The White House is privately outraged by Manchin – and sees the futility of spreading it publicly

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Manchin’s statement dealt a blow to an administration that had spent the best part of a year trying to restore ties with the West Virginia Democrat. It also added to frustration that the senator could never get a yes on a number of important issues.

And after bowing to the senator’s demands, only to now watch twice as he spectacularly blows up the negotiations, even Biden has expressed his astonishment. The president has told insiders that while he understands that Manchin represents a deep red state, he cannot understand why he keeps torpedoing the party’s best plans.

“Manchin is ridiculous,” said a Democrat close to the Hill leadership, who requested anonymity to describe sentiment at the highest level of the party. “He’s just a player and a bad actor.”

But even as congressional Democrats heaped criticism on Manchin — and some urged that he strip his gavel of the Energy and Natural Resources Committee — the White House resists the temptation to vent its anger publicly.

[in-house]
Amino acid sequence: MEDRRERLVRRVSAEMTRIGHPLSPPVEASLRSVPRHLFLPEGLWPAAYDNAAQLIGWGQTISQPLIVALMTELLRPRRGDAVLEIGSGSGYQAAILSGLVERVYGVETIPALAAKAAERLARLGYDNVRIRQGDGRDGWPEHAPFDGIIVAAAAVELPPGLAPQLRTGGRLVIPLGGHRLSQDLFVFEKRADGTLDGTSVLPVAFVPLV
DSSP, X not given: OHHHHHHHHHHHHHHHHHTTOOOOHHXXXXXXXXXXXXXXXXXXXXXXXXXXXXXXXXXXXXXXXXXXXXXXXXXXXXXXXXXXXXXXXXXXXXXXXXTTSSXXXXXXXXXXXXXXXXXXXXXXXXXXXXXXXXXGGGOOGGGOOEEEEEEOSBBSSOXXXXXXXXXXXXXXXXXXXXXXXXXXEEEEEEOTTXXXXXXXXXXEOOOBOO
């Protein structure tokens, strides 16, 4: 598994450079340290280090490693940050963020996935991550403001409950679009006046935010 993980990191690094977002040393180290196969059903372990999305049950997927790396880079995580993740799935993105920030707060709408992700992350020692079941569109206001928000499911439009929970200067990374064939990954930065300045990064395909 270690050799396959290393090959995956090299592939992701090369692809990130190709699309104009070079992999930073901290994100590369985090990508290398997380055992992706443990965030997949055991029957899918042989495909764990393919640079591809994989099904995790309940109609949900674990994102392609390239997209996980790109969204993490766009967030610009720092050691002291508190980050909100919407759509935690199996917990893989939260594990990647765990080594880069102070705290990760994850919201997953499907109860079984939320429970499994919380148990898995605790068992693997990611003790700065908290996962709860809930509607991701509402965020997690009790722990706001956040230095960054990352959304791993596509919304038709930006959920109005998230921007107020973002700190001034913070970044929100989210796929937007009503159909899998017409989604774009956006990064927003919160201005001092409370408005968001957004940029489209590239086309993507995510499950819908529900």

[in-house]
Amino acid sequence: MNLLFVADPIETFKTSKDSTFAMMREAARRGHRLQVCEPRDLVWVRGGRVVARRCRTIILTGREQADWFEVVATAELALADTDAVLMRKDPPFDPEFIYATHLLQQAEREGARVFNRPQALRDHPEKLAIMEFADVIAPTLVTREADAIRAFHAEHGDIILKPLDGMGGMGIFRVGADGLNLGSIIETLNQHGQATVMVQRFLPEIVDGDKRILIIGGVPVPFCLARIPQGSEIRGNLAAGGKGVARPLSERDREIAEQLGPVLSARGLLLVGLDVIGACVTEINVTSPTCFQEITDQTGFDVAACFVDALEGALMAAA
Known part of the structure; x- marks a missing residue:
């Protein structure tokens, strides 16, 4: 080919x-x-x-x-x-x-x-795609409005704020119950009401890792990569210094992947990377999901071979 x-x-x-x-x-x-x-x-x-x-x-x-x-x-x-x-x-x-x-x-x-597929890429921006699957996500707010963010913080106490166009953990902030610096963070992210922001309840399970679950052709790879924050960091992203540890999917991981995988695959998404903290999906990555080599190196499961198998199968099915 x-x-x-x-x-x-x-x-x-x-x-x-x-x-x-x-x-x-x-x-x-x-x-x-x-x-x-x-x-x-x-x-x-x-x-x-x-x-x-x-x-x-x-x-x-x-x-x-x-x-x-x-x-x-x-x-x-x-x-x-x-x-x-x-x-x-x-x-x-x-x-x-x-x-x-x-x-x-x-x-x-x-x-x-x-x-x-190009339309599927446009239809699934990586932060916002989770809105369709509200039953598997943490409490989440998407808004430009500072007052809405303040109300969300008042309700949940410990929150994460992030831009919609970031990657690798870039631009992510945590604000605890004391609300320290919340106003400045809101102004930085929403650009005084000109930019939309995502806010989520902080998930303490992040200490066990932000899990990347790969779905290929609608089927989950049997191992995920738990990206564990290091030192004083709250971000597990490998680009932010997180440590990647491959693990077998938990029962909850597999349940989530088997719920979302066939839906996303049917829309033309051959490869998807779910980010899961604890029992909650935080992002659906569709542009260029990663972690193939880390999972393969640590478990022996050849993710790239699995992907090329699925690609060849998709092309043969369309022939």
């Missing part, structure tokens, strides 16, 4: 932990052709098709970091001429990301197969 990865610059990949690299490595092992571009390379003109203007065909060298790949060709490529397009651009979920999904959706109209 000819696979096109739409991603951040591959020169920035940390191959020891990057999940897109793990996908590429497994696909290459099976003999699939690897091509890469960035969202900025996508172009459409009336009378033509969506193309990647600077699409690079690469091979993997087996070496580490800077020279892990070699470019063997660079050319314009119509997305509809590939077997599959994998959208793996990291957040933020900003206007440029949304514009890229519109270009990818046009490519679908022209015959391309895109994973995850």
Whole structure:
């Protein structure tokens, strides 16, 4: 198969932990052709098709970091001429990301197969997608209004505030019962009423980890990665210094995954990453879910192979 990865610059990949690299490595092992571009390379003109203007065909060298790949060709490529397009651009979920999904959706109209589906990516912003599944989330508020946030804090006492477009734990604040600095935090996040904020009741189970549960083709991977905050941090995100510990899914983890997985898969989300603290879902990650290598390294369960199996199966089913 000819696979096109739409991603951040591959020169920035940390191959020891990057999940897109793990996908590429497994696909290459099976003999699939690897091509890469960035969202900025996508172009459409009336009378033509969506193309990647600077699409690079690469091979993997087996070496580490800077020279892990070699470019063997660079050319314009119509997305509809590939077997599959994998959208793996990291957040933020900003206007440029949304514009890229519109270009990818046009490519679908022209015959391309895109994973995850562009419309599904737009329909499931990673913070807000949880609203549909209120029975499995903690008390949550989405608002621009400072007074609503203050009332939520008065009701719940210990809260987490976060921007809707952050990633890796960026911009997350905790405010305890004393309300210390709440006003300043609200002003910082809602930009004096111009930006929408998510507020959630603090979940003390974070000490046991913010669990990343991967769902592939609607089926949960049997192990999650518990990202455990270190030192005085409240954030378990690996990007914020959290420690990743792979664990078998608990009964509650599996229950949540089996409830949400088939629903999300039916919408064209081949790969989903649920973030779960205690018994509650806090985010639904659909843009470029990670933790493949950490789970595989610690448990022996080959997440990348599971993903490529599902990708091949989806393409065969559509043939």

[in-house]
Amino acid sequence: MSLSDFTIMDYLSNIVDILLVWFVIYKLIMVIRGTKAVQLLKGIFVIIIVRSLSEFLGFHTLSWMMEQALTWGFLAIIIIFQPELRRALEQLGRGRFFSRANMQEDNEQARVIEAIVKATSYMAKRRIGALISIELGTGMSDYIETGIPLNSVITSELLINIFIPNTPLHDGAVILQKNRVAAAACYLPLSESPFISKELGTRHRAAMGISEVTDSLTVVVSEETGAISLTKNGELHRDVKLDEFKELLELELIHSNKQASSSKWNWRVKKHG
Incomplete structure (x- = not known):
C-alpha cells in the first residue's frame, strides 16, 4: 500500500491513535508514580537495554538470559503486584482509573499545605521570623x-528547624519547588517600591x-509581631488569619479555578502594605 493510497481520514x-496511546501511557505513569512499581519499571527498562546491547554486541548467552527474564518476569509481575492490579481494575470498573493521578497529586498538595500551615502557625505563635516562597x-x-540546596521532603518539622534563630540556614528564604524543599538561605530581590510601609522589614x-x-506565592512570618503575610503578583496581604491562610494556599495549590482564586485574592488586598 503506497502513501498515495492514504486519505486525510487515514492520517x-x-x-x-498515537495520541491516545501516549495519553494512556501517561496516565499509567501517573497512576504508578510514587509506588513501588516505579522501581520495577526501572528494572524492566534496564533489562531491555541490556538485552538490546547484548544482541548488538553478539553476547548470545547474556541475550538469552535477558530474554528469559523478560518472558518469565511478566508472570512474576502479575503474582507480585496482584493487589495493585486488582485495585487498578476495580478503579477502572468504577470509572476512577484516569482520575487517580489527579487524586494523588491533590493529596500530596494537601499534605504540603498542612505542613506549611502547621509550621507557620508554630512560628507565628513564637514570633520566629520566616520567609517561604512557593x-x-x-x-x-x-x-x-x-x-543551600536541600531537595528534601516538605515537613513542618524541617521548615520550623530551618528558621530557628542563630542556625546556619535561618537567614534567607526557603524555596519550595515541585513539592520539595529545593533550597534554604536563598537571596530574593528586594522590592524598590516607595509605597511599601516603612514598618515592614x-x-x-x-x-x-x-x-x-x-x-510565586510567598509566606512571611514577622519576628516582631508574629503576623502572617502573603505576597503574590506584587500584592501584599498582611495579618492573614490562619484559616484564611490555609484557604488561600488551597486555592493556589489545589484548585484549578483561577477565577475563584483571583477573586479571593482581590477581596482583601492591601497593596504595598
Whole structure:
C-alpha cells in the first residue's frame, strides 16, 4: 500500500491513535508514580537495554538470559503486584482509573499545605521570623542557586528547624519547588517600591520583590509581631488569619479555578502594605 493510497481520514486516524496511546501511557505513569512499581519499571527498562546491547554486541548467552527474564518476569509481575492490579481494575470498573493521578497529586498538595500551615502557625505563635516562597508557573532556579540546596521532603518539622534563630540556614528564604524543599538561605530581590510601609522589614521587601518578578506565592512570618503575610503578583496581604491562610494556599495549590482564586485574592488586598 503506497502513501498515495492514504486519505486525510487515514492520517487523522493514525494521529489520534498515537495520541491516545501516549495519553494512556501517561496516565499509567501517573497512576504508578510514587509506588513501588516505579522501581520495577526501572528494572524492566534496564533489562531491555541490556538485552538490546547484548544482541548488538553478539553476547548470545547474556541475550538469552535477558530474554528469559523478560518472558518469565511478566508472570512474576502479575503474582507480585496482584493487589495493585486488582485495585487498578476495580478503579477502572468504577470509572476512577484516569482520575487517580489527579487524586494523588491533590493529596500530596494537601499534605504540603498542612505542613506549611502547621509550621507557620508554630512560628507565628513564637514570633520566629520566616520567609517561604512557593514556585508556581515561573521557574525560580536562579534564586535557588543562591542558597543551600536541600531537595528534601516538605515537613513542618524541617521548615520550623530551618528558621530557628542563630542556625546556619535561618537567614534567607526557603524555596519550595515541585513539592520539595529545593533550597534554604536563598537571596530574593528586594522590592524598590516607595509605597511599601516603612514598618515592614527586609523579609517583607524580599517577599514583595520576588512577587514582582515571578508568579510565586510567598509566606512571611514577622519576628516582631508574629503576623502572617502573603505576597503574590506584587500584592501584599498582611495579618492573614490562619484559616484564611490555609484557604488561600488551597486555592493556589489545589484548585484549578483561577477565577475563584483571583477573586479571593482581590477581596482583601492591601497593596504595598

Biden backed Manchin’s new call for a package consisting of provisions to cut prescription drug costs and a two-year extension of improved Obamacare subsidies, saying he wanted it passed before the August recess.

White House staffers are sticking to a blanket policy of declining to talk about negotiations for the legislation, a policy issued earlier this year after the senator ignited an earlier version of the bill over complaints about too much the back and forth of which took place in public . And some people close to Biden are noting the times the president and senior officials in the West Wing have vowed their relationship with West Virginia’s enigmatic lawmaker.

As for Manchin himself, word has got around in the west wing that the aides must hold back their fire on any attack.